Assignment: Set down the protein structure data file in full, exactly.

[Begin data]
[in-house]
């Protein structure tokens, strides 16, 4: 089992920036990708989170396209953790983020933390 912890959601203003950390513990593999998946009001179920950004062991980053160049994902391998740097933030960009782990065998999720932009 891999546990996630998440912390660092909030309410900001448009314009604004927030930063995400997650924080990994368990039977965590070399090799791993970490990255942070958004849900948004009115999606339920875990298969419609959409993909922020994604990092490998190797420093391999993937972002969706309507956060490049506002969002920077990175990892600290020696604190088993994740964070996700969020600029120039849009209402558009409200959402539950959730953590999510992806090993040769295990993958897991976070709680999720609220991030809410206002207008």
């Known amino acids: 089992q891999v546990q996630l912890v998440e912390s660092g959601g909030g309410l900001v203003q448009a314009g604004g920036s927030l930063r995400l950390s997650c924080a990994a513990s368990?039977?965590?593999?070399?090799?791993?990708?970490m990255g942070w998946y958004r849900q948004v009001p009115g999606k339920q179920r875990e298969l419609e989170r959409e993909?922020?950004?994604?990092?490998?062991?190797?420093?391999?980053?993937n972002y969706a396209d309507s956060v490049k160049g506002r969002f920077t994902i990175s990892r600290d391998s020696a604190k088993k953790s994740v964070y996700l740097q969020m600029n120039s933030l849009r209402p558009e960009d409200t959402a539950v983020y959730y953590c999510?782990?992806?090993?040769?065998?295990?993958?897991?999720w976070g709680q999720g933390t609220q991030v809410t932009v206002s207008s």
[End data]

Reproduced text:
[in-house]
């Protein structure tokens, strides 16, 4: 089992920036990708989170396209953790983020933390 912890959601203003950390513990593999998946009001179920950004062991980053160049994902391998740097933030960009782990065998999720932009 891999546990996630998440912390660092909030309410900001448009314009604004927030930063995400997650924080990994368990039977965590070399090799791993970490990255942070958004849900948004009115999606339920875990298969419609959409993909922020994604990092490998190797420093391999993937972002969706309507956060490049506002969002920077990175990892600290020696604190088993994740964070996700969020600029120039849009209402558009409200959402539950959730953590999510992806090993040769295990993958897991976070709680999720609220991030809410206002207008």
């Known amino acids: 089992q891999v546990q996630l912890v998440e912390s660092g959601g909030g309410l900001v203003q448009a314009g604004g920036s927030l930063r995400l950390s997650c924080a990994a513990s368990?039977?965590?593999?070399?090799?791993?990708?970490m990255g942070w998946y958004r849900q948004v009001p009115g999606k339920q179920r875990e298969l419609e989170r959409e993909?922020?950004?994604?990092?490998?062991?190797?420093?391999?980053?993937n972002y969706a396209d309507s956060v490049k160049g506002r969002f920077t994902i990175s990892r600290d391998s020696a604190k088993k953790s994740v964070y996700l740097q969020m600029n120039s933030l849009r209402p558009e960009d409200t959402a539950v983020y959730y953590c999510?782990?992806?090993?040769?065998?295990?993958?897991?999720w976070g709680q999720g933390t609220q991030v809410t932009v206002s207008s």